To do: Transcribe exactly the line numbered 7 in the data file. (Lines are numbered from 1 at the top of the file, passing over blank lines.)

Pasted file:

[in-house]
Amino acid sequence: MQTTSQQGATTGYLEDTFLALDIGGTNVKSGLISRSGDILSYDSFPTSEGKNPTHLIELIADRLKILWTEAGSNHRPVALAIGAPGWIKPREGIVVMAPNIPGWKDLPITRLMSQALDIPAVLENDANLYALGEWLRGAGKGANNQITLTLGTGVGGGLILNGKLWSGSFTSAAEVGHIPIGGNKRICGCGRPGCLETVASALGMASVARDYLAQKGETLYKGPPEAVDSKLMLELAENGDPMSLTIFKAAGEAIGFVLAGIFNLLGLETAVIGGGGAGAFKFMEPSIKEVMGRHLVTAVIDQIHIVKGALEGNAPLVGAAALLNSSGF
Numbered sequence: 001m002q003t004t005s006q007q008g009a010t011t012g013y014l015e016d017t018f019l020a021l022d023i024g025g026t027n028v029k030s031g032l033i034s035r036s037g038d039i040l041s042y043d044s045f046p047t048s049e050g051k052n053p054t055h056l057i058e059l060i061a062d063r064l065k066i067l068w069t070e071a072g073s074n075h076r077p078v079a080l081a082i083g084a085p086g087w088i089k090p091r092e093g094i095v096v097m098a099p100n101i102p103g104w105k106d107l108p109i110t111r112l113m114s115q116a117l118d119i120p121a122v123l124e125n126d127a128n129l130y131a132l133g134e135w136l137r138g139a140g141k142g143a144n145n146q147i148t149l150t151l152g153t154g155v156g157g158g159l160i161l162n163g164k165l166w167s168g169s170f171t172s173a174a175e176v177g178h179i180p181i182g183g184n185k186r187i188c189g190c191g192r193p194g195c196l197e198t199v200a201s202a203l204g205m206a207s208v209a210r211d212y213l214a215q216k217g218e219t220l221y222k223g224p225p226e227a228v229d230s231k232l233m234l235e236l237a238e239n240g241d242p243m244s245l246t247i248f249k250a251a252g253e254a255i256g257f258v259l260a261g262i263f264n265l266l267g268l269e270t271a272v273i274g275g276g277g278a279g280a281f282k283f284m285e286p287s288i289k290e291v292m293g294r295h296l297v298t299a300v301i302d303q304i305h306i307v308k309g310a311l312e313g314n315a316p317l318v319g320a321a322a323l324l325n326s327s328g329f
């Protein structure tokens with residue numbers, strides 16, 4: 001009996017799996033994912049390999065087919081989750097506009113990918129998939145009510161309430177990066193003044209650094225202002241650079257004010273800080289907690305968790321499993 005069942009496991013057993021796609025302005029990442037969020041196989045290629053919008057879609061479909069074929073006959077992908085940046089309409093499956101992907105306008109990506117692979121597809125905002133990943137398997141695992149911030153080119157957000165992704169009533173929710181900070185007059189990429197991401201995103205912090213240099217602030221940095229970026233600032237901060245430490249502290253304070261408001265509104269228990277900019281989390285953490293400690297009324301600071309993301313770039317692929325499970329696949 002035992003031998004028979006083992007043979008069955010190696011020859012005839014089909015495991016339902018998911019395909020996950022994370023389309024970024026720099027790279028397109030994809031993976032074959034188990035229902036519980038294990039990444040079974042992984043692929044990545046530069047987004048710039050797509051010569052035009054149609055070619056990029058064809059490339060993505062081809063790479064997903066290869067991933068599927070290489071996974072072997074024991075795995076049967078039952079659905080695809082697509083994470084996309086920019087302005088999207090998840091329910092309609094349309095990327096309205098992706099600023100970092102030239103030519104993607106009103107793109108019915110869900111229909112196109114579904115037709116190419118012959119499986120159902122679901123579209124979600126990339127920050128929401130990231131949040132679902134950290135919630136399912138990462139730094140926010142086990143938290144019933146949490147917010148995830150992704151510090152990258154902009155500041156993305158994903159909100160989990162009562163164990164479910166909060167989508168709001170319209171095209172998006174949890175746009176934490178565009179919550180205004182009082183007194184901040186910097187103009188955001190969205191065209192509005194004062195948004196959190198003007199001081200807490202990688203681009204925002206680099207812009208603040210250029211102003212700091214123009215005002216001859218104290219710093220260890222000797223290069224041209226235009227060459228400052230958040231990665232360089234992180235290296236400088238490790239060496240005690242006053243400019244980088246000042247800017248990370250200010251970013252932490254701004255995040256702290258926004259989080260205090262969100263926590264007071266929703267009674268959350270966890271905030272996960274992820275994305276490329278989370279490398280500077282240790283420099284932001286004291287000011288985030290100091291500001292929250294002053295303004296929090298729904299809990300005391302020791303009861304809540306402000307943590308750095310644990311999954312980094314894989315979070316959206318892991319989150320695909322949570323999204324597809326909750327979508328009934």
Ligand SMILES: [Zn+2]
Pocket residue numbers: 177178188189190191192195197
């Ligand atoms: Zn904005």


């Ligand atoms: Zn904005």